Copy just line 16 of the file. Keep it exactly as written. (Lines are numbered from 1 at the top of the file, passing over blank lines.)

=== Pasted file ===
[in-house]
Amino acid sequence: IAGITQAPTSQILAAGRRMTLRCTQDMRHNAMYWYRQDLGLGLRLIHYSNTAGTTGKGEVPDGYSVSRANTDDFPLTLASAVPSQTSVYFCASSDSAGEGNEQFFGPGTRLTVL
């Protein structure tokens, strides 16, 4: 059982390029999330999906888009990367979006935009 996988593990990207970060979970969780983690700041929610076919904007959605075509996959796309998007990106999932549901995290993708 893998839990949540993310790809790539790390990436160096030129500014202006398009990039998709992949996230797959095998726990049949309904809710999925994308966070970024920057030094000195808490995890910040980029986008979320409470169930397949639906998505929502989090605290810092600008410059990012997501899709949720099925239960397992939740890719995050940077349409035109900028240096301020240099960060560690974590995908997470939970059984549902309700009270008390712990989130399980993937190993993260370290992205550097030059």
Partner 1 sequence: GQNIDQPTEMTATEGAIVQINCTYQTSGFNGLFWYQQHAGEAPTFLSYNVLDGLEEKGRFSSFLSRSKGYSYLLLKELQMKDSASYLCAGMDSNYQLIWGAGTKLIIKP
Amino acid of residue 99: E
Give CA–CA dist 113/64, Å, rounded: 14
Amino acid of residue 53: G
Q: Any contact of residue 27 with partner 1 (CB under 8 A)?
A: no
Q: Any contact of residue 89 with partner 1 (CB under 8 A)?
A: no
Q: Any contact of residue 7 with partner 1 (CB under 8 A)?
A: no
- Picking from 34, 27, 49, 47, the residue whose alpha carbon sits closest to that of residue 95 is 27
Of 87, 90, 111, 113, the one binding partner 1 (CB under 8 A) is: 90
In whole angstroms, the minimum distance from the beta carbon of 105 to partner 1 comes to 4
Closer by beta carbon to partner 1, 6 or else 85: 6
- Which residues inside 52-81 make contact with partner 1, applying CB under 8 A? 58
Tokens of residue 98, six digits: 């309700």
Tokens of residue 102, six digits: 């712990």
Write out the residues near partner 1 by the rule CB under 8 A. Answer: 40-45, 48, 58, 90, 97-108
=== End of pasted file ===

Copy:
In whole angstroms, the minimum distance from the beta carbon of 105 to partner 1 comes to 4